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A Discourse is a linguistic expression sequences that express a cohesive narrative (share a topic).



  • (Wikipedia, 2015) ⇒ http://en.wikipedia.org/wiki/discourse Retrieved:2015-7-24.
    • Discourse () denotes written and spoken communications such as: [1] * In semantics and discourse analysis: A generalization of the concept of conversation within all modalities and contexts. * The totality of codified language (vocabulary) used in a given field of intellectual enquiry and of social practice, such as legal discourse, medical discourse, religious discourse, et cetera. * In the work of Michel Foucault, and that of the social theoreticians he inspired: discourse describes “an entity of sequences, of signs, in that they are enouncements (énoncés)”.[2] An enouncement () is not a unit of semiotic signs, but an abstract construct that allows the signs to assign and communicate specific, repeatable relations to, between, and among objects, subjects, and statements.[2] Hence, a discourse is composed of semiotic sequences (relations among signs) between and among objects, subjects, and statements. The term discursive formation conceptually describes the regular communications (written and spoken) that produce such discourses. As a philosopher, Foucault applied the discursive formation in the analyses of large bodies of knowledge, such as political economy and natural history.[3]

      In the first sense-usage (semantics and discourse analysis), the word discourse is studied in corpus linguistics. In the second sense (the codified language of a field of enquiry), and in the third sense (a statement, un énoncé), the analyses of discourse are effected in the intellectual traditions that investigate and determine the relations among language and structure and agency, as in the fields of sociology, feminist studies, anthropology, ethnography, cultural studies, literary theory, and the philosophy of science. Moreover, because discourses are bodies of text meant to communicate specific data, information, and knowledge, there exist internal relations within a given discourse, and external relations among discourses, because a discourse does not exist in isolation (per se), but in relation to other discourses, which are determined and established by means of inter discourse and interdiscursivity. Hence, within a field of intellectual enquiry, the practitioners occasionally debate “What is” and “What is not” discourse, according to the conceptual meanings (denotation and connotation) used in the given field of study.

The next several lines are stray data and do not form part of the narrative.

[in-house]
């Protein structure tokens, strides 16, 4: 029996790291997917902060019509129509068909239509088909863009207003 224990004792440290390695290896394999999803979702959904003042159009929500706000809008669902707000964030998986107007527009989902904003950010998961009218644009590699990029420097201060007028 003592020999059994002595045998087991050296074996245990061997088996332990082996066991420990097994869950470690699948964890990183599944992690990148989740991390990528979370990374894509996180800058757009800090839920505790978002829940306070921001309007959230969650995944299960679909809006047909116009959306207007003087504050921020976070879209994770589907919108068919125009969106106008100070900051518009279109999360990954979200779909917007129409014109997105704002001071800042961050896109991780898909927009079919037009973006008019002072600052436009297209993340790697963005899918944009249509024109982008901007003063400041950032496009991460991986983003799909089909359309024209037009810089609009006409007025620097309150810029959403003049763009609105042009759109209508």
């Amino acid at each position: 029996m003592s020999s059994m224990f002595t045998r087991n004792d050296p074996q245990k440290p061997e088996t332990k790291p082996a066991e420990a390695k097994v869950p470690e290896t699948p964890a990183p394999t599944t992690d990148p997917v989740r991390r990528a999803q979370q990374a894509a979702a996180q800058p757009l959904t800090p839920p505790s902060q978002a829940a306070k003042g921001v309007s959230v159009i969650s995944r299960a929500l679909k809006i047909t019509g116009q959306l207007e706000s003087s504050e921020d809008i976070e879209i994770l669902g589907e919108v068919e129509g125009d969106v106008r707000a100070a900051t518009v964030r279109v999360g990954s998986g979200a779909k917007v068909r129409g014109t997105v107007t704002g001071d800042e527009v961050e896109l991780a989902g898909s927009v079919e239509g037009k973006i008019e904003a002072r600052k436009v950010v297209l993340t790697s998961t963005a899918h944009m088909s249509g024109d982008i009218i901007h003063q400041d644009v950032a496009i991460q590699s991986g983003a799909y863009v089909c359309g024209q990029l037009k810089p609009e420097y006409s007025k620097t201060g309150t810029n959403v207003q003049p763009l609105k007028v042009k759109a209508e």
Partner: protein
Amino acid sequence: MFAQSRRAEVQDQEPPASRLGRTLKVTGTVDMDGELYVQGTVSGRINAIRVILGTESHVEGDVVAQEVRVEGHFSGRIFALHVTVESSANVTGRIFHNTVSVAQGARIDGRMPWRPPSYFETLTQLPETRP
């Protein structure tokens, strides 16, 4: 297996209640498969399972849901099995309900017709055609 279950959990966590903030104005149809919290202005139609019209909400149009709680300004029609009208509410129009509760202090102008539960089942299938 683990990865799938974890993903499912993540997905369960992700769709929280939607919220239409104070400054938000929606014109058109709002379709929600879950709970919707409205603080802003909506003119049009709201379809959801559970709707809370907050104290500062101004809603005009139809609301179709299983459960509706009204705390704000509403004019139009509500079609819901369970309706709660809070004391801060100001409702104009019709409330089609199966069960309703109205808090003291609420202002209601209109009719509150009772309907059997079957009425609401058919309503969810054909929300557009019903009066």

1. Compact Oxford Dictionary, Thesaurus and Wordpower Guide(2001). Oxford University Press, New York.
  2. 2.0 2.1 Cite error: Invalid <ref> tag; no text was provided for refs named Foucault1969
  3. Cite error: Invalid <ref> tag; no text was provided for refs named Foucault1970



  • (WordNet, 2009) ⇒ http://wordnetweb.princeton.edu/perl/webwn?s=discourse
    • S: (n) discourse (extended verbal expression in speech or writing)
    • S: (n) sermon, discourse, preaching (an address of a religious nature (usually delivered during a church service))
    • S: (n) discussion, treatment, discourse (an extended communication (often interactive) dealing with some particular topic) "the book contains an excellent discussion of modal logic"; "his treatment of the race question is badly biased"
    • S: (v) discourse, talk about, discuss (to consider or examine in speech or writing) “The author talks about the different aspects of this question"; "The class discussed Dante's `Inferno'"
    • S: (v) converse, discourse (carry on a conversation)
    • S: (v) hold forth, discourse, dissertate (talk at length and formally about a topic) "The speaker dissertated about the social politics in 18th century Englan
  • http://en.wiktionary.org/wiki/discourse?rdfrom=Discourse
    • 1. (uncountable, archaic) Verbal exchange, conversation.
    • 2. (uncountable) Expression in words, either speech or writing.
    • 3. (countable) A formal lengthy exposition of some subject, either spoken or written.
    • 4. (countable) Any rational expression, reason
    • 5. (social sciences, countable) An institutionalized way of thinking, a social boundary defining what can be said about a specific topic (after Michel Foucault).
  • http://www.cse.unsw.edu.au/~billw/nlpdict.html#discentity
    • A discourse entity (DE) is a something mentioned in a sentence that could act as a possible antecedent for an anaphoric reference, e.g. noun phrases, verb phrases and sentences. For example, with the sentence "Jack lost his wallet in his car", the DEs would include representations of "Jack" "his wallet", "his car", "lost his wallet in his car" and the whole sentence.